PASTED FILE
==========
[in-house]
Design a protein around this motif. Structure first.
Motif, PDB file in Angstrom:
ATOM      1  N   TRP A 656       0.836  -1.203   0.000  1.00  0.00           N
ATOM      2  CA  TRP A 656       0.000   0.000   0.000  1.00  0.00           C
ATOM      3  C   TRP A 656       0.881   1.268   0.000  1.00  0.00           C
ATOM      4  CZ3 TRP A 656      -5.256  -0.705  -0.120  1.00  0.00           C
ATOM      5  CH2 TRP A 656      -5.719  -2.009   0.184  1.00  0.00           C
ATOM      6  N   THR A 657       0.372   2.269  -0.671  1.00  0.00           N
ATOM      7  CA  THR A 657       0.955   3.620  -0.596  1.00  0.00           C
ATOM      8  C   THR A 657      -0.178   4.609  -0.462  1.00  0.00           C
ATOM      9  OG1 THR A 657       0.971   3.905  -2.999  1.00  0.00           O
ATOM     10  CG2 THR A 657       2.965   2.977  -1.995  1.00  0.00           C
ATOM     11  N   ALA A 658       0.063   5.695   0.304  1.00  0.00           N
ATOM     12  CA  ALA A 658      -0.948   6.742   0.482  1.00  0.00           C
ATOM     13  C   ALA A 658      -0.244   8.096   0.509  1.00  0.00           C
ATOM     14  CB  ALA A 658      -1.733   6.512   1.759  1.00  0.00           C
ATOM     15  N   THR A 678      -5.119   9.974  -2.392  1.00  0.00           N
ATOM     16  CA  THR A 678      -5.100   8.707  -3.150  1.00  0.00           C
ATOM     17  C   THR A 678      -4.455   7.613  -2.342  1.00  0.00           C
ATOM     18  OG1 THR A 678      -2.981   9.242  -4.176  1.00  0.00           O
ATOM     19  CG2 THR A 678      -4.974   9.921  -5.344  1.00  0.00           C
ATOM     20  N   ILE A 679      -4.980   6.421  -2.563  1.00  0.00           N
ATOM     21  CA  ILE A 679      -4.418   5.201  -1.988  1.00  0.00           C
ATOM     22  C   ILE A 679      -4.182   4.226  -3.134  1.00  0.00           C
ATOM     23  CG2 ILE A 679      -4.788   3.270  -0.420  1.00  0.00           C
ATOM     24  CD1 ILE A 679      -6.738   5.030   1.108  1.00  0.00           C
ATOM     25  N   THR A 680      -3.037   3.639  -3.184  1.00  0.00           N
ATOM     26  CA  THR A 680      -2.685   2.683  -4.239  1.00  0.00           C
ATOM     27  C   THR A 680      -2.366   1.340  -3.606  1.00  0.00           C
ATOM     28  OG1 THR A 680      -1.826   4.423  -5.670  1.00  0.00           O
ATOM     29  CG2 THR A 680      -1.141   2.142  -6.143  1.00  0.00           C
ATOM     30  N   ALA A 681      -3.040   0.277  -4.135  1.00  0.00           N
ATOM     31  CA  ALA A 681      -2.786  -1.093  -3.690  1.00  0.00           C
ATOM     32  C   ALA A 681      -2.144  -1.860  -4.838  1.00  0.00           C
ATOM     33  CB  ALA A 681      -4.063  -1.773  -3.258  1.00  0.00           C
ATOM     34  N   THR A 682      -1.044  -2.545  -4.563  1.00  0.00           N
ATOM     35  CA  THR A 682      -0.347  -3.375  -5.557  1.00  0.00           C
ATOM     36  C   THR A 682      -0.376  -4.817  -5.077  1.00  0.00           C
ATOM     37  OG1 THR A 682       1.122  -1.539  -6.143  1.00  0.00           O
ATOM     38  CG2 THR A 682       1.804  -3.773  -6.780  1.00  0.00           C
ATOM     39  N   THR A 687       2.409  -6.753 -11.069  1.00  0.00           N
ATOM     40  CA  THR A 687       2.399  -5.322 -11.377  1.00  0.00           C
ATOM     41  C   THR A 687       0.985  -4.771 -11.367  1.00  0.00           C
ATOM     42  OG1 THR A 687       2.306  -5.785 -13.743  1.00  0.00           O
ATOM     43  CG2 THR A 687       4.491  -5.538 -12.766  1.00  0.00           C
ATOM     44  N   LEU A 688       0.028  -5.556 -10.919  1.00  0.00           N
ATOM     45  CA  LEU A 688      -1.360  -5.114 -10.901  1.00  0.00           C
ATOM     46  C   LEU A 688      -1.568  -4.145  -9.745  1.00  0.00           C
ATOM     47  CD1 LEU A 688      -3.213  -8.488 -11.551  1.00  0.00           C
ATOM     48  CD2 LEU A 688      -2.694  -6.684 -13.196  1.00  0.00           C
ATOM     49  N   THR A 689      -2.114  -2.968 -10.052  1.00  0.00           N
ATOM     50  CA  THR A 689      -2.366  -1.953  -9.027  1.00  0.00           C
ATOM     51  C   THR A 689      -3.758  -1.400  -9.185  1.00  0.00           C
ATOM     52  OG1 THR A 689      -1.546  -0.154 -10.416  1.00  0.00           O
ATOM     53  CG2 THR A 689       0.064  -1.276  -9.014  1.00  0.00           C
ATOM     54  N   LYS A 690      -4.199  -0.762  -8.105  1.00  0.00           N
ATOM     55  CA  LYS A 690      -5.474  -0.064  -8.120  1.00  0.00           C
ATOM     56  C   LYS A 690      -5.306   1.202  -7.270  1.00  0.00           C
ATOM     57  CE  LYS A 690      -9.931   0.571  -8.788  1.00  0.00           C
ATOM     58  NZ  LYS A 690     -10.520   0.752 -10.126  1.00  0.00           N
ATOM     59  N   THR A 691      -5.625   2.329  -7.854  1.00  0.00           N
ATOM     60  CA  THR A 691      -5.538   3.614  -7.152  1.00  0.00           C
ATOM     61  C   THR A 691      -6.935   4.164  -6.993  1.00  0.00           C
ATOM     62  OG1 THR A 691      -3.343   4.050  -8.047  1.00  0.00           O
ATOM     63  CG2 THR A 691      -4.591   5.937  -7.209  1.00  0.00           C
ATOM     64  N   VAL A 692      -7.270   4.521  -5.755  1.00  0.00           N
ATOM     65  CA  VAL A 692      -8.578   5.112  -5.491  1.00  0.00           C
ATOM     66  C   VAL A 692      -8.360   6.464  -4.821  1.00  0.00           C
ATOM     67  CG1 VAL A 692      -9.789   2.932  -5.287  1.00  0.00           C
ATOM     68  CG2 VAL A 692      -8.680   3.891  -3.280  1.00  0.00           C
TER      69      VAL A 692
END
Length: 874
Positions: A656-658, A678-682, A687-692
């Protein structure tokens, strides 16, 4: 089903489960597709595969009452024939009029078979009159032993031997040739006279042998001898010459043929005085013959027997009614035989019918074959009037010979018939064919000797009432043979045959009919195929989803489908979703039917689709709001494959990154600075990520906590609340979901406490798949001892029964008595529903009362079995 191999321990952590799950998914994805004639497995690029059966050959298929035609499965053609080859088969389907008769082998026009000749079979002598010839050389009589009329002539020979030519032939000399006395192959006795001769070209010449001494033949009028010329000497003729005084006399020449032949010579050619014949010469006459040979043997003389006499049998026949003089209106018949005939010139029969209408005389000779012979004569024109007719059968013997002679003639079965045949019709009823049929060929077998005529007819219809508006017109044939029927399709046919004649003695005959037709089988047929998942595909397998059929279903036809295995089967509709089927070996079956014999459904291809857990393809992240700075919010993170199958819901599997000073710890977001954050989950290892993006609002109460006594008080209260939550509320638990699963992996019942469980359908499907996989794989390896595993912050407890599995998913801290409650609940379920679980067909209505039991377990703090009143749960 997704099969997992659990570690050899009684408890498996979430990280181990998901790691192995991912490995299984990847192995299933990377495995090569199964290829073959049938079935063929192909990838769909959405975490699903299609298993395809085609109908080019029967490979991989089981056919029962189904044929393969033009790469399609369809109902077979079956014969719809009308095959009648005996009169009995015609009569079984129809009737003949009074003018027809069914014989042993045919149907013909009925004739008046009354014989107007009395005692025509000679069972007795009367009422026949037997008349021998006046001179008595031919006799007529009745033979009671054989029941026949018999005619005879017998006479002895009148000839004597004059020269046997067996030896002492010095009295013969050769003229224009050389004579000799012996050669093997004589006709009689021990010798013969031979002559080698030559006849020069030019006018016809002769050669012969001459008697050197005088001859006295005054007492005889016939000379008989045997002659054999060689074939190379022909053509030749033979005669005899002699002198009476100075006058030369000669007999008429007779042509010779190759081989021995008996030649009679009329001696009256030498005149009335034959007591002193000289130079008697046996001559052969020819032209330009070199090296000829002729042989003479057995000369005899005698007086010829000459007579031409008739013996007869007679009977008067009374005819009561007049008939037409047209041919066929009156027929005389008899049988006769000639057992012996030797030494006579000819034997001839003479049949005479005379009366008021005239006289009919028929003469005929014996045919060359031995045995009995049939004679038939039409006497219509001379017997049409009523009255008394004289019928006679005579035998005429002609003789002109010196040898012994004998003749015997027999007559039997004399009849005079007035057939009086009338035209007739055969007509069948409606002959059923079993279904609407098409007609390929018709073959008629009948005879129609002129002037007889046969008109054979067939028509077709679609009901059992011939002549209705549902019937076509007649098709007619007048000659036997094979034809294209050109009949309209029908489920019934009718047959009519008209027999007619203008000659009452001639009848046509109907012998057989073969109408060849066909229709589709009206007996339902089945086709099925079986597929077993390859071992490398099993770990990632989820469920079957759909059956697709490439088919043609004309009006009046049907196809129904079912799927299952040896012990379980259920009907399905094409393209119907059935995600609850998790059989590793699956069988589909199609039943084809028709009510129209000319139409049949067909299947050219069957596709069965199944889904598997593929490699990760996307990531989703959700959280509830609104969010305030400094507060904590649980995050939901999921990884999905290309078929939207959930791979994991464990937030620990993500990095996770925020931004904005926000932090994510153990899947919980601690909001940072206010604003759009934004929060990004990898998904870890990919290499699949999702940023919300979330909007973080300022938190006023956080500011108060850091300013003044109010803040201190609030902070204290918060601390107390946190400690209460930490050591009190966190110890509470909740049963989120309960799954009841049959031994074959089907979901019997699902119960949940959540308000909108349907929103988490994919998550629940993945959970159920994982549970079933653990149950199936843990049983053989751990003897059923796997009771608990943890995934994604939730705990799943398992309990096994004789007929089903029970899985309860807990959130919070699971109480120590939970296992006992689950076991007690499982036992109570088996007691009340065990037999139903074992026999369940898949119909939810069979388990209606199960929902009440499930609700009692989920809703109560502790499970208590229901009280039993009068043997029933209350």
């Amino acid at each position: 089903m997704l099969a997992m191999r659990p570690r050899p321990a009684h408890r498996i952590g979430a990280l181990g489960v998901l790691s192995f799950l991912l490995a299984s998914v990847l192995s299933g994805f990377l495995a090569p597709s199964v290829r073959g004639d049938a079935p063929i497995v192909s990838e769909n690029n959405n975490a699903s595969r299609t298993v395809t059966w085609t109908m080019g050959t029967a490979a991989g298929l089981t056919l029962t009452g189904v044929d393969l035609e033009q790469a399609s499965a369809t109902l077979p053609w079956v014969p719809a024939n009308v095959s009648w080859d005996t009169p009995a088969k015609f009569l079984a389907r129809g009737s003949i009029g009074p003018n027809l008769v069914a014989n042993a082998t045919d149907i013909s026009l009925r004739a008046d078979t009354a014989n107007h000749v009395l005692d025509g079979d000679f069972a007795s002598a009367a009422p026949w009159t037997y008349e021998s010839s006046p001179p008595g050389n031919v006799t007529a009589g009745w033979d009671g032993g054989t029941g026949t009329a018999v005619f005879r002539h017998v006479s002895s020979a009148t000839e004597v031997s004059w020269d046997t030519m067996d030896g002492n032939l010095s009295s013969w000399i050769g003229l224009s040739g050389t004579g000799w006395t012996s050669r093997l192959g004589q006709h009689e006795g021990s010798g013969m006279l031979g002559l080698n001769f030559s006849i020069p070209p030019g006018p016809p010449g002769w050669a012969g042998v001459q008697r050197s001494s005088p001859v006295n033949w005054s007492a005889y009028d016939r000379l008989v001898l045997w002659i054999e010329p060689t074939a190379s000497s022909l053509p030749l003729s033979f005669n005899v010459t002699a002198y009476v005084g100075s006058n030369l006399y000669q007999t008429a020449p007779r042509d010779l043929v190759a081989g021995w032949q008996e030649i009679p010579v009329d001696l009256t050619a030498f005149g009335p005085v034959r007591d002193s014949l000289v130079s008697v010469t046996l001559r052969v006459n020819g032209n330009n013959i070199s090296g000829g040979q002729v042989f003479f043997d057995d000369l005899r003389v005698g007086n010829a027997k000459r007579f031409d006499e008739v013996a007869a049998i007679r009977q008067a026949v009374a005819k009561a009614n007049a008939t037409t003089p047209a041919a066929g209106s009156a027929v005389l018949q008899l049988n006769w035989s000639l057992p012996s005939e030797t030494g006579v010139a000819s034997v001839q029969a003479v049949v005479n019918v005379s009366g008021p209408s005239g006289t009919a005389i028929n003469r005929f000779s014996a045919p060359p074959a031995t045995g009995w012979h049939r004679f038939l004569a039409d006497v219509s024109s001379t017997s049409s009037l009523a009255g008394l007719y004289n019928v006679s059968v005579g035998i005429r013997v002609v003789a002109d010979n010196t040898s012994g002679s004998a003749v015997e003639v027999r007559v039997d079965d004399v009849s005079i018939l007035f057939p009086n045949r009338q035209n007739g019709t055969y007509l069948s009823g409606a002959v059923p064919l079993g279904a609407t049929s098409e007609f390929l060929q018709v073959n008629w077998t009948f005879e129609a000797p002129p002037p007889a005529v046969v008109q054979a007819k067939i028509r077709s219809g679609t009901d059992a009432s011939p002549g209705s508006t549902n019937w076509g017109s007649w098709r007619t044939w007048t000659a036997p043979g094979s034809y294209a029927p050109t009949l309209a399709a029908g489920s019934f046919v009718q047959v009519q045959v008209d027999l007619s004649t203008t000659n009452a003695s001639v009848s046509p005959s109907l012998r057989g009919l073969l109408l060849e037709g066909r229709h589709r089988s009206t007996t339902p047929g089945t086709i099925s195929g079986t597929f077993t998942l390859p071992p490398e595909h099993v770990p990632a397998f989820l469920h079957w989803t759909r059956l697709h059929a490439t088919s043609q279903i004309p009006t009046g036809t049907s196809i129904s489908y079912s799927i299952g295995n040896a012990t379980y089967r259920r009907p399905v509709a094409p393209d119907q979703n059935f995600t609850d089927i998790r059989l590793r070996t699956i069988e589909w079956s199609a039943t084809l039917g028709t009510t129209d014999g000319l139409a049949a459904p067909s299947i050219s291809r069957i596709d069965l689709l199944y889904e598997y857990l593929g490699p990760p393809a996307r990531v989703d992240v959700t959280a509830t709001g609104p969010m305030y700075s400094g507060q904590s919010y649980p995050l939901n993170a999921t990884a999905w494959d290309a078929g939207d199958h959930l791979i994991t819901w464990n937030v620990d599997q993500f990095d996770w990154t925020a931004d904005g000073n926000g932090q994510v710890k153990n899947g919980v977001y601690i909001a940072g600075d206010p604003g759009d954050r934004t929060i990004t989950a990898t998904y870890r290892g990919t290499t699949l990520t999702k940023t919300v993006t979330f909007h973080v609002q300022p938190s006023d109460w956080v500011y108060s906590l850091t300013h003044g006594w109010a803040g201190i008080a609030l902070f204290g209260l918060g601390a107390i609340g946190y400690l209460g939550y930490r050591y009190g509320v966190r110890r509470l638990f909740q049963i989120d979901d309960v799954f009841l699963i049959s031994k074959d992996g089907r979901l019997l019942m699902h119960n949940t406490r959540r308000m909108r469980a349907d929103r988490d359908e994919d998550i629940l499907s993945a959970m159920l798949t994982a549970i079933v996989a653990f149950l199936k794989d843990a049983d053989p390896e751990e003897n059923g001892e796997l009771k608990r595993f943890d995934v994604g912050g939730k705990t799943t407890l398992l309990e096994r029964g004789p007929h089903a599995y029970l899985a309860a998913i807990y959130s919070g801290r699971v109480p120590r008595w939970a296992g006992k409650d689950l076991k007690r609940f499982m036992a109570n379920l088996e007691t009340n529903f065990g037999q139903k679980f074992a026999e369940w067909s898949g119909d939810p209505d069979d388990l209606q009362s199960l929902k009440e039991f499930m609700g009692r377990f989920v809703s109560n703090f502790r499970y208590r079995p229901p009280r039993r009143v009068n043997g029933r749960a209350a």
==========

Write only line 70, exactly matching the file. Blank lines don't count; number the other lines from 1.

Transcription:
ATOM     67  CG1 VAL A 692      -9.789   2.932  -5.287  1.00  0.00           C